Sunday #19 – Concordia Lutheran Church, 16801 Huebner Road, San Antonio, TX
The wedding of my good friend Carla Hanson to Scott Benton prompted my first entrance into a Lutheran church. After that, a decade or two went by before I would step foot into another Lutheran church. When I arrived in Colorado with a three-year old in tow, I had to find another Mother’s Day Out program similar to what I had enjoyed in Texas at First Presbyterian Kingwood. I settled on Faith Lutheran Church in Golden. Heather loved going to school there and I even tried one service because I couldn’t find a Presbyterian Church in which I felt comfortable. So, going into yesterday’s Saturday evening service, I had some familiarity with the denomination. After my last trip to the Al-Madinah Mosque in San Antonio, where I didn’t have a clue what was going on, I welcomed the spiritual respite.
Even though another Lutheran Church is only a mile or so away from where I live, I chose Concordia Lutheran because they have four services with the first of the weekend on Saturday night.
Preconceived Ideas about Lutherans
I have only a few preconceived ideas about Lutherans, so I decided to do a little search to refresh my memory about Martin Luther — the founder of this faith. Luther was a German Catholic monk, priest and theologian who was ex-communicated when he strongly disputed that freedom from God’s punishment for sin could be purchased with money. That’s about the extent of my protestant reformation knowledge. So on to my preconceived ideas of Lutherans:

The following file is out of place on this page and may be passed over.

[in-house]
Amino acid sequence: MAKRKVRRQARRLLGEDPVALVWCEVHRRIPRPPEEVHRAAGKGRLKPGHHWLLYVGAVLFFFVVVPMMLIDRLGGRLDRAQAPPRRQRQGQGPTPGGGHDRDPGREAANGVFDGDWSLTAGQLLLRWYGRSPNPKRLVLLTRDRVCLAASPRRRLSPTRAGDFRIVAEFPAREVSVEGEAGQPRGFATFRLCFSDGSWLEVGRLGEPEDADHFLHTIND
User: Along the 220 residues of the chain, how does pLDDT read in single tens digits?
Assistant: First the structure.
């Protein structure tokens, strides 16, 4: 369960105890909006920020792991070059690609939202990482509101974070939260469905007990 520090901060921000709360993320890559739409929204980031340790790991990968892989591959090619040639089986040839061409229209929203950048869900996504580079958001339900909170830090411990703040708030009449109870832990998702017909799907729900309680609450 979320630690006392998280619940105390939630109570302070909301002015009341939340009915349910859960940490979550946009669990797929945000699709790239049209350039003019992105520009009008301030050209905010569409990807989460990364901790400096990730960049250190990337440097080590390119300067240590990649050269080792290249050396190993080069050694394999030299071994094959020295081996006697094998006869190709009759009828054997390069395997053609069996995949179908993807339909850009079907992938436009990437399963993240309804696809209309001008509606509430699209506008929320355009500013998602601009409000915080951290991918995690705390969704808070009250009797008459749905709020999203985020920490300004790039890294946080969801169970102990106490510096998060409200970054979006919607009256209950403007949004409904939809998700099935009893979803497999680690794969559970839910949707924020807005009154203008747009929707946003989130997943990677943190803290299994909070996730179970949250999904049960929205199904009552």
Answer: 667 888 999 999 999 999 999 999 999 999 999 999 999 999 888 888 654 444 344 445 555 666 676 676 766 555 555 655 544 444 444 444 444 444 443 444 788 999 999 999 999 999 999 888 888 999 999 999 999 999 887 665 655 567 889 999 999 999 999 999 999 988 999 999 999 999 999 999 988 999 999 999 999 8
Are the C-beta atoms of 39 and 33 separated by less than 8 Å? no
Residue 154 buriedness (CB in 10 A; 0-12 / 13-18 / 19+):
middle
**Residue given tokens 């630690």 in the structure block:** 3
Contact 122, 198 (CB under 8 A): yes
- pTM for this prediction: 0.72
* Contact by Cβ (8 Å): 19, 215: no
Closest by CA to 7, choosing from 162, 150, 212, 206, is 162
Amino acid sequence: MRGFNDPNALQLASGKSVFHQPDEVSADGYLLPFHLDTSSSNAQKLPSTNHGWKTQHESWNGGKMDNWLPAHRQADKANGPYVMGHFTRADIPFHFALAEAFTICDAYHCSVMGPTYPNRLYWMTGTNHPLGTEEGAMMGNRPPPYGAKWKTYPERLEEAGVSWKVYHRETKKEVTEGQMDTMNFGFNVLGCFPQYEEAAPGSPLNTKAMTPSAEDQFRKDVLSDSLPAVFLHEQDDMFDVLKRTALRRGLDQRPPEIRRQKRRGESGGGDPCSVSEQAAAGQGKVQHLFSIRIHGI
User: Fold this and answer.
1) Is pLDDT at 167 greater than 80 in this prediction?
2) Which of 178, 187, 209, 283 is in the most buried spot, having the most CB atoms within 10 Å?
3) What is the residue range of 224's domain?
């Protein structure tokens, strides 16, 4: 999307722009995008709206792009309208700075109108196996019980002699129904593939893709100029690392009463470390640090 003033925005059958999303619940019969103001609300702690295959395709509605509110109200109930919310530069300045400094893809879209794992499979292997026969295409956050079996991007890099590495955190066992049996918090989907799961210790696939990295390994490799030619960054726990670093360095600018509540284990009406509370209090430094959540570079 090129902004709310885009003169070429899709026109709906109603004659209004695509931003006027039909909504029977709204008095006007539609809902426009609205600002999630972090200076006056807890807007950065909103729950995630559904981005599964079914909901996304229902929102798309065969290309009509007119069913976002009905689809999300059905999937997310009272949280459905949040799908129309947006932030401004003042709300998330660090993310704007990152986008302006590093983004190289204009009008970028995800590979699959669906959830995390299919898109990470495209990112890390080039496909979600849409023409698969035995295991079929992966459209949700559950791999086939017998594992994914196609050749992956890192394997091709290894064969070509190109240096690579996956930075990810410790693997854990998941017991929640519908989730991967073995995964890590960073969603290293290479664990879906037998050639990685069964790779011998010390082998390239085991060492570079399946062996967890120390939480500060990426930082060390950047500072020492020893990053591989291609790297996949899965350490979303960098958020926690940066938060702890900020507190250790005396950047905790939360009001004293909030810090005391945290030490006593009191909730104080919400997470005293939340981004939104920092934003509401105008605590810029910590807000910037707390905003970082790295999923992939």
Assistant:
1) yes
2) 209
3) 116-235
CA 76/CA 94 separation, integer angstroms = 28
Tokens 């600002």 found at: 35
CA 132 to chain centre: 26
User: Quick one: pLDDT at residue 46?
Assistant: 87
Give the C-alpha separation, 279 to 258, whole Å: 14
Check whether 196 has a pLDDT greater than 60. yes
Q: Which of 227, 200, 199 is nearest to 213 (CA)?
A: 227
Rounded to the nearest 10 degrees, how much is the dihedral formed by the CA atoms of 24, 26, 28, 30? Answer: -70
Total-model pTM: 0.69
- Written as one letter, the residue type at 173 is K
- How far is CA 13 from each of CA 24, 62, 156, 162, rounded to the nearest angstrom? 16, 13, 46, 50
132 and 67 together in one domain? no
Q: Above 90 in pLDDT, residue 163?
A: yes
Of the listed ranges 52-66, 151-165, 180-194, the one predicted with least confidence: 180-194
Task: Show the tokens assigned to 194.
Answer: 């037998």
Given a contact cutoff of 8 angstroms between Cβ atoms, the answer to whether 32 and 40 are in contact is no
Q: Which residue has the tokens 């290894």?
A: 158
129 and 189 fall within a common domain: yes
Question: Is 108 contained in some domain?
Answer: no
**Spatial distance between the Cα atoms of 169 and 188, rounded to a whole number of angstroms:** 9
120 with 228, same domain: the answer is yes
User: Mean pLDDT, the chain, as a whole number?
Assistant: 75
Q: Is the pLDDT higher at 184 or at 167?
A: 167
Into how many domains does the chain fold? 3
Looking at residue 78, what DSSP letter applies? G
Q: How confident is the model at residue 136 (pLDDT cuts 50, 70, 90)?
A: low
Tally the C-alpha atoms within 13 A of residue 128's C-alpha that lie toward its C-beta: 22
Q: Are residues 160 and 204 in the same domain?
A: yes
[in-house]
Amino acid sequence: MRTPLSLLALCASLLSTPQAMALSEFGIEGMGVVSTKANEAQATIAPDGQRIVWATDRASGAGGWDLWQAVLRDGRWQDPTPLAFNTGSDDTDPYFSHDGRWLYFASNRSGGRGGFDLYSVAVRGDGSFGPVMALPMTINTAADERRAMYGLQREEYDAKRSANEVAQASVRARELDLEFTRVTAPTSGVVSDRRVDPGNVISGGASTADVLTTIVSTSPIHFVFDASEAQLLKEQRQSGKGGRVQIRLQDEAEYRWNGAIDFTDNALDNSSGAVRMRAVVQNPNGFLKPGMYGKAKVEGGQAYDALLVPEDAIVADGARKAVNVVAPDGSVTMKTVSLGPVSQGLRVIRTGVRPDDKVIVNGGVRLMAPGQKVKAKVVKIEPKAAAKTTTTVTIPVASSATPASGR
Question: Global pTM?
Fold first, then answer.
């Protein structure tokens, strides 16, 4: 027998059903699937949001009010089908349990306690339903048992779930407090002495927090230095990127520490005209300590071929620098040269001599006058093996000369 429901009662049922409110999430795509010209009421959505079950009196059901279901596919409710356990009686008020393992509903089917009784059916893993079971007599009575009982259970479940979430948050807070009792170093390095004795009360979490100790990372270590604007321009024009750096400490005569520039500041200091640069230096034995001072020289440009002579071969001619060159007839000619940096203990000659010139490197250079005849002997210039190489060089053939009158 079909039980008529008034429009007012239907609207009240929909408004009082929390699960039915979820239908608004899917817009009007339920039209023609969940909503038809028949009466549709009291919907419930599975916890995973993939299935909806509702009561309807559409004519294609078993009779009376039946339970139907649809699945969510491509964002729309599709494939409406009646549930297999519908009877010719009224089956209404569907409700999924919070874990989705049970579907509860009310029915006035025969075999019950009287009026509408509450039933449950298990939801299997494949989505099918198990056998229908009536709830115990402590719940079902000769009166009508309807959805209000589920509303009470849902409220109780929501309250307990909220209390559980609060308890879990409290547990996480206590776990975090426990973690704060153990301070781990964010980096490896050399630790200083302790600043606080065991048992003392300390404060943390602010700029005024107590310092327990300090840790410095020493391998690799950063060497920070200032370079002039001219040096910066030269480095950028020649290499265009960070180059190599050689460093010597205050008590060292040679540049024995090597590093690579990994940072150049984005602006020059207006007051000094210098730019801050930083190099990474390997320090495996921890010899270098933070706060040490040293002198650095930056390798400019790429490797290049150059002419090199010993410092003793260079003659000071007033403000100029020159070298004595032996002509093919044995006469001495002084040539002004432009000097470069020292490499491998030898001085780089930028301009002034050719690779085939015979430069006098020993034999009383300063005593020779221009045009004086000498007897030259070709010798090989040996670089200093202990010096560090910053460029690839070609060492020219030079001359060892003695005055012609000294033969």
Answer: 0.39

- Lutherans, to me, are primarily of German decent and as someone with German ancestry, I’d say that most all Lutheran worship buildings are clean and a bit austere, compared to those found in the Catholic church.
- Lutheran ministers have a delivery style more like a teacher than a fire and brimstone type of delivery you might find in the Baptist Church.
As with many large churches that sit along the 1604 corridor, Concordia Lutheran has a huge footprint with fifteen acres, several buildings and a well-manicured campus that also is home to a large school.
I didn’t see many cars in the church lot, so I started looking at the signage to determine if what I read on the website might be wrong about a Saturday service. I couldn’t read that fast, so I just weaved in and out of the lot to where I saw a family getting out of a car. I parked and followed them around the side of the main building and into the large plate glass vestibule area. Still not many people there at this point and no one greeted me at the door, but some nice church-going men held the door open for me. Extra Texas hospitality points for that!